During my last hike, I saw two big beetles, lying on their backs. Tiny legs twitched in desperate, jerking motions. They shimmered like oil, irridescant and spellbinding. Nature is beautiful and disgusting at the same time.

Throat Notes is a 8 minute long animation by Felix Colgrave. Please watch it before reading any further.

Art is the process of noticing something, isolating it from it’s original context and then changing it. It’s neither completely subtractive or additive. Art is a transformative procedure that happens all the time, often subconciously. You take something in, process it and use it for something else.

Throat Notes is driven by a sense of playfulness and exploration that would have been crushed by concrete storyboarding. The first minute is a dense explosion of setups and reversals. Quick cuts, switching between depicting the overly cute and the overly disgusting. Throat Notes feels like an improvised piece of animation and it begins with a minute of contrasts.

A dry world. Solid bricks. Heavy greek statues, frozen forever in fake motion. The living frog emerges. A cartoon bug scampers into the scene, turning it’s head to reveal tentacles beneath it’s cute face. The horrible face of the frog appears as a reflect in it’s fake eye. The bug is caught under the frogs tongue. It’s face cracks open while being swallowed. The corpse drops into a stomach. Digested. Turned into energy, fuelling a shining star. The frog croaks. Music. All frogs sing a happy song. A child emerges, gleefully brabbling, glowing with the light of a thousand murdered bugs.

This incredibly fast-paced opening contains every piece of the larger question: What is the cost of bringing something new into the world? The energy has to come from somewhere and that place is very messy. It contains a lot more legs than we’re comfortable with.

Throat Notes spends the rest of it’s runtime ruminating on the brutal messyness of life and art.

The man in the house, failing to keep nature out of his safe house. The possum, stealing the bug-powered-voice of the frog, turning it into music. The audience, entertained by the concert until it learns how it was made. The empty frog, filling it’s void by yet another theft.

All of Throat Note’s scenes deal with the brutality/beauty of creating/destruction, they just slow down in terms of thematic density. Contrasts, reversals and relevations are seperated by larger and larger distances. This open space is then filled up with experiments in the craft of animation. Much more than in his previous works, Colgrave explores different materials and techniques. We are treated to endlessly shifting clouds and a morphing desktop, oil painterly smoking and a dry, almost sterile, instrument. Focus shifts from the “what” onto the “how”.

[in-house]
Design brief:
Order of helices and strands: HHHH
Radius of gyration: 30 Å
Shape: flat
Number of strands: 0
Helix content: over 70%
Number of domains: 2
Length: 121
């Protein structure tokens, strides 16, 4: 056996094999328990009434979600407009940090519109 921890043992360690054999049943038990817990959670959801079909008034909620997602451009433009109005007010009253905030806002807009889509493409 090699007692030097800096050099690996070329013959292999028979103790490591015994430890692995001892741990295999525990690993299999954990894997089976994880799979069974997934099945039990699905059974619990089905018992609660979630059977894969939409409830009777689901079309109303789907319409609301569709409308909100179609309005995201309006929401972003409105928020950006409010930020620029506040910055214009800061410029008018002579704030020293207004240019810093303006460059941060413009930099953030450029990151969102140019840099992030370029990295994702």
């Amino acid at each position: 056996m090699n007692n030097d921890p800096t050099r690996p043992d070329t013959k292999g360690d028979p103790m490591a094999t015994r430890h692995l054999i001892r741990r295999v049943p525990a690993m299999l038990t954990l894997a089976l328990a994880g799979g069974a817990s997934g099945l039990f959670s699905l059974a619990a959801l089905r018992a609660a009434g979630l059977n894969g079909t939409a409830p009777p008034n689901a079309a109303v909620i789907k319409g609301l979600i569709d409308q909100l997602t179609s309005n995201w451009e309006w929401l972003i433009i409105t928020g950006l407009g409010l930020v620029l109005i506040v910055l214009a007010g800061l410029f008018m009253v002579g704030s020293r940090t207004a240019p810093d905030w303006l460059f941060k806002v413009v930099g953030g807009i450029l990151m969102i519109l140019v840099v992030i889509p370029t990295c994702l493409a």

This is the point of creative freedom: The ability to follow your interest, wherever it may lead. Sometimes you reach a beautiful place. The images, sounds, words or interactions just flow naturally. Previously failed experiments suddenly prove useful. Things connect and make a deep kind of sense that you can’t explain, but that you have to try and convey through your work.

This fluidity of creative work is the result of long-term background pondering. A continous interest in a topic, stretched over years, explored tentatively, dropped and then picked up again some time later. This is what Throat Notes feels like to me: The result of a heavy ruminations on nature and art and beauty and horror and how they are all connected.

The thing with pondering is that it leaves you with a deep understanding of how things work and what they are, but it doesn’t automatically equip you with the ability (or desire) to take a decisive stand or to make a specific point. But the thing that we are making needs to, eventually, be finished.

The longer Throat Notes goes on, the more Colgrave’s improvisational energy seems to ebb away. We start with a rapid fire exploration of open-ended-questions and then, slowly, find ourselves pushed into following a plot.

The frog, robbed of it’s voice by the possum-artist, doesn’t want to die and so steals the soul/voice/art of the man in the house, berating him for being “a big meanie” before hopping away. The man is left alone on his porch, unable to see all the twinkling stars blinking into existance above him.

Sure, it’s an ending, but compared to Throat Notes initial freedom and force, it feels decidedly artifical. A kind of “hero’s journey ironic reversal”-type beat, incongruous with the joyful exploration from before. It felt like an incredibly powerful train had run out of steam, but was still able to roll into the last station, driven by sheer momentum alone.

It’s a common problem with improvisational work: How do you end it? The whole point was never to say something, but just to show how one sees the world at that given moment. It’s about conveying the process of taking things in and processing them, not about the impossible objective-truth-result of that process. You yourself are never really done with pondering, so how can you conclude your piece?

Sometimes you just have to end it and move on to the next thing.